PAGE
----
In three runs since the resumption he’s been closer as the distances increased finally finishing a half length second over 1400m. He’s only just turned three so keep him in the notebook for September to December over 1500m+.

I also advised Cold Pursuit is a perfect example of an unexposed 3yo who should benefit from the racing furlough in the hands of eighteen-time Champion Trainer Wayne DaCosta” and “has hinted at being able to stay 1,600m so he could very well be a miler to follow when he returns.

Cold Pursuit has three runs since racing’s return finishing second each time over 1100m, 1200m and 1400m staying on at the end every time. Soon come.

Finally, I proposed that Contractor is a lightly-raced 5yo with unlimited scope to progress even if eventually dropped into high claiming company…. his shrewd trainer, Patrick Lynch, won’t have a difficulty finding him more winning opportunities in 2020.”

Contractor re-appeared on June 20 in an Overnight Allowance 1100m sprint but finished less than 8l behind Chace the Great. On April 2 I’d proposed Contractor “should fit perfectly on a $550,000 tag.” So he’s still very much one to keep on the right side.

Now, the clock:

JUNE 20, 2020 [TV-0.2 per 200m (Rd) +2 (straight)]

SPEECHLESS (-5) made all (Race 4; 3yonw2; 1000m (Rd); TV-1) and drew away last 100m to win comfortably (despite 5.5kg overweight) in 1:01.0. Her CT (1:00.4) is 1/5th second slower than nw3 standard but she’s a lightly-raced (debut December 21), progressive, unexposed 3yo who has benefitted from the break and is bred to be suited by further. She’s one to follow and could be worth a run in a fillies classic.

JUNE 27, 2020 [TV-0.2 per 200m (Rd) +4 (straight)]

DEEP BLUE SEA (-16) was the day’s most impressive winner (Race 4; 4yomdncond; 1200m; TV-1) making hacks of a decent field winning by 16l in 1:13.3! His CT (1:13.4) is 3/5th second faster than nw3 so at least a repeat win seems a formality.

FRESH CASH (-6) failed by a head to wear down importee Action Run (Race 11; 4yonw3/Imported 4yo+nw2; 1300m; TV-1) but his CT (1:20.3) is a second faster than the Grade so losses are only loaned.

JULY 4, 2020 [TV-0.1 per 200m (Rd) +1 (straight)]

RACE 4 (4yonw2/Imported Maidens; 1600m; TV-1) is a KEY RACE!

ALHAMDULILLAH (-9) progressed in first-time visors to release his maiden tag by 12½l in 1:39.2!  I did warn you on April 2 that “Alhamdullah (-3) second by a head (Race 3; 4yonw2; 1000m Round; TV+1) earned a CT’of 1:01.1 significantly better than the grade standard (1:02.0) so losses are only lent”. Now July 4’s CT (1:39.3) is already 1/5th second faster than Overnight Allowance standard and he’s still unexposed so can run up a sequence.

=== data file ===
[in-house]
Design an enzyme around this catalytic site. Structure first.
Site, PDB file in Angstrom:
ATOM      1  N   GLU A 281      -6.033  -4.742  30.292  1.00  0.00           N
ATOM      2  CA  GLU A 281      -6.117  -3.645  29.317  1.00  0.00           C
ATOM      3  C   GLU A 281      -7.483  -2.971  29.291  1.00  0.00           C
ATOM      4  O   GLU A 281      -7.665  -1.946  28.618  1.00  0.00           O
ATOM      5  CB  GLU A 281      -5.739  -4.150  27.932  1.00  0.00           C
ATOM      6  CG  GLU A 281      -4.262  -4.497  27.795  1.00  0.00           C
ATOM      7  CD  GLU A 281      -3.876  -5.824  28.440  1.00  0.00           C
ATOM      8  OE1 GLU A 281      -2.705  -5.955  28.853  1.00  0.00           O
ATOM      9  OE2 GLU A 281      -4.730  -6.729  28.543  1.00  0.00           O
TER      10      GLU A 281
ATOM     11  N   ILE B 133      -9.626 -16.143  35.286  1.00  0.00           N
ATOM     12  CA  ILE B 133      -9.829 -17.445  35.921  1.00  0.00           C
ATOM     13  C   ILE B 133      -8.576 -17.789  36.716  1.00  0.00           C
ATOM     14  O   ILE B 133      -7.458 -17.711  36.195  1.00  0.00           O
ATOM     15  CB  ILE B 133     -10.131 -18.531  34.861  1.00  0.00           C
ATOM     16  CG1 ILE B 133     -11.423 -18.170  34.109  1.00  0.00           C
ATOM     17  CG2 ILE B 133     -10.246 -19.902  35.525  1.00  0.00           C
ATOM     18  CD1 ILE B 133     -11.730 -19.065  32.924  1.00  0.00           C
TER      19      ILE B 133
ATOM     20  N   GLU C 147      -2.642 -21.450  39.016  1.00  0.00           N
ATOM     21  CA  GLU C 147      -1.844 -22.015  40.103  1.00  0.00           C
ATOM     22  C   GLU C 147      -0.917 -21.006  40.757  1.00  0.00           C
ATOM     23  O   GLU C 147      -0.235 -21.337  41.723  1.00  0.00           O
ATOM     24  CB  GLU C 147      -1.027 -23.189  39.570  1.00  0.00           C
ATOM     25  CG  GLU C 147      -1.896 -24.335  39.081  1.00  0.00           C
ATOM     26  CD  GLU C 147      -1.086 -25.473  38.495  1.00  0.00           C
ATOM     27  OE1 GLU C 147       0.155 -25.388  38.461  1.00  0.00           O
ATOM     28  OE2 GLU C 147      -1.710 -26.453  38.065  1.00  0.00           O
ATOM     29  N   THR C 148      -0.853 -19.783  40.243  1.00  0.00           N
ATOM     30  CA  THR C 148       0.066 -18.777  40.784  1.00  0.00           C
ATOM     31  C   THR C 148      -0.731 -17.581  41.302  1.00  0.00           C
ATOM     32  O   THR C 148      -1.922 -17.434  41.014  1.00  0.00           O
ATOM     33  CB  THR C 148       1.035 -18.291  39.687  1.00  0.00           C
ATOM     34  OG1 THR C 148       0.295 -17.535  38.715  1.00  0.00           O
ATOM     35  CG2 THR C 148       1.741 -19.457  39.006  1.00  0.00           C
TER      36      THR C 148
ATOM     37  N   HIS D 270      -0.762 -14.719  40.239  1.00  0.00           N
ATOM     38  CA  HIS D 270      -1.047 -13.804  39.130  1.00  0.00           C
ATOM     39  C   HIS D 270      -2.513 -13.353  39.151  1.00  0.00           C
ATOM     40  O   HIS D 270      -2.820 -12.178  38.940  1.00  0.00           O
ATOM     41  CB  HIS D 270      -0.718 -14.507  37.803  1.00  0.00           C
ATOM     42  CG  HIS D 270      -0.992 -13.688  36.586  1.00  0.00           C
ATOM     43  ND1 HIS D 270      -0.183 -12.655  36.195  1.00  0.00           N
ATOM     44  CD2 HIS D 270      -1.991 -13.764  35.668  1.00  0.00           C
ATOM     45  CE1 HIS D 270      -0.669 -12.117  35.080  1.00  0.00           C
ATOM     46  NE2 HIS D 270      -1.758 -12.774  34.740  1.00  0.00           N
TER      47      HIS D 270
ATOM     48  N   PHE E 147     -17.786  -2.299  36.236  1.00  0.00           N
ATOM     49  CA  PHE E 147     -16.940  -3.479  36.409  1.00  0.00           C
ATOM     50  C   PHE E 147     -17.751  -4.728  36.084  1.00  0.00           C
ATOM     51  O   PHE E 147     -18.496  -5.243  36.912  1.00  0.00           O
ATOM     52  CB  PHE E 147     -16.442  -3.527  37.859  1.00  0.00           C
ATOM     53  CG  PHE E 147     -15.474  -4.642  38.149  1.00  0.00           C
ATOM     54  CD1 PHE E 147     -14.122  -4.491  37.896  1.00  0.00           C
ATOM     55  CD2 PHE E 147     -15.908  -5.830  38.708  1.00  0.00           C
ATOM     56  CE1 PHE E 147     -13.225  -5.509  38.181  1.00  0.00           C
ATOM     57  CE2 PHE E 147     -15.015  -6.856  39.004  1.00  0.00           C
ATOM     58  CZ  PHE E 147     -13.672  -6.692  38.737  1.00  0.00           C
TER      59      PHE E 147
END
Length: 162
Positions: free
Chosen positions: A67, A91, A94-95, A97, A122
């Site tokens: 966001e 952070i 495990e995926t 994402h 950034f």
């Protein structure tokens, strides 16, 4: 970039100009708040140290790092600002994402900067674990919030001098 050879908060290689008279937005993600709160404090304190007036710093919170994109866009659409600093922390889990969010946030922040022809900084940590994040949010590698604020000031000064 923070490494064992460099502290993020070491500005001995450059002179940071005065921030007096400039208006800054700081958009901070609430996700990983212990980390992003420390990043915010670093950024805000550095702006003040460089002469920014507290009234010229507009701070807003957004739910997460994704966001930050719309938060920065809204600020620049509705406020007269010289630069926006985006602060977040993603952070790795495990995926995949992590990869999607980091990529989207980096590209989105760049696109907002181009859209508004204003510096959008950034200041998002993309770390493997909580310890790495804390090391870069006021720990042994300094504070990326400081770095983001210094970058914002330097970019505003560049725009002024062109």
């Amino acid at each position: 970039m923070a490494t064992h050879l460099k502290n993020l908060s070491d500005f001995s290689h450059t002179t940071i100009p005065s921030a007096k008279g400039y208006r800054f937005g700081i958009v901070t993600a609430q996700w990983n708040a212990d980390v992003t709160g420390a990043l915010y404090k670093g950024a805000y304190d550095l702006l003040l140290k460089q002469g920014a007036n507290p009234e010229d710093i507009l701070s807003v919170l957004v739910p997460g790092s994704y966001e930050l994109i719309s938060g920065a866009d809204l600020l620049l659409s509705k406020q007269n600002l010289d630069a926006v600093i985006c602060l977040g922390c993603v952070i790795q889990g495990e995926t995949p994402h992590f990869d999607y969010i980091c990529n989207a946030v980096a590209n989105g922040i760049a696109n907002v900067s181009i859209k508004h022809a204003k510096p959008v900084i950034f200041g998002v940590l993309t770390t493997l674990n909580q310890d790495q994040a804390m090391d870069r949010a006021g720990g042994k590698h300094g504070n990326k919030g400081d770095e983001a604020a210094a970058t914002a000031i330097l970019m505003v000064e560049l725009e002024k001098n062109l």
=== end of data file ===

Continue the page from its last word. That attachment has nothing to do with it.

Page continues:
2nd, INSPIRED MIRACLE (-3’), and 3rd BLOODSWEATANDTEARS (-2) CTs (1:42.0’/1:42.2) are both good enough to win at nw2. The latter should improve over further.

BREAKING STORM (-9) demolished the opposition (Race 6; 5yonw2; 1100m; TV-0’) to win by 8l in 1:08.1. His CT (1:08.1’) is more than a second faster than nw3 so he should win again.

Overseas Betting Opportunities (OBOs)

Tomorrow’s big race is the Group 1 July Cup (Newmarket; 6f; 1610GMT; 10.10am Jamaica Time). Ante-post favourite, Golden Horde, won the Group 1 Commonwealth Cup at Royal Ascot in taking style but that was against three year olds on good to soft. Tomorrow he faces seasoned older campaigners on forecast good to firm so offers little value.

Faster conditions are likely to suit Sceptical and KHAADEM 3rd and 4thin the Group 1 6f Diamond Jubilee Stakes at Royal Ascot. The latter is expected to progress past the former because, at Ascot, Sceptical had the advantage of a recent run.

Let’s close with a Notebook Horse coming out of Royal Ascot

Dancin Inthestreet [3b.f Muhaarar-Souvenir Delondres (Siyouni)], although winless on turf after 3 of 5 career starts, couldn’t have been more unlucky in the 5f Palace Of Holyroodhouse Handicap (June 19) when she was slowly into stride; in rear in centre of group; ridden over 2f out; headway when not clear run and switched left over 1f out; went third inside final 110yds, kept on well, nearest finish (just failed to catch the 2nd). On this evidence a big 3yo sprint handicap is on her dance card. Breeding and form suggests she’ll always be best on an easy surface.

Good Luck!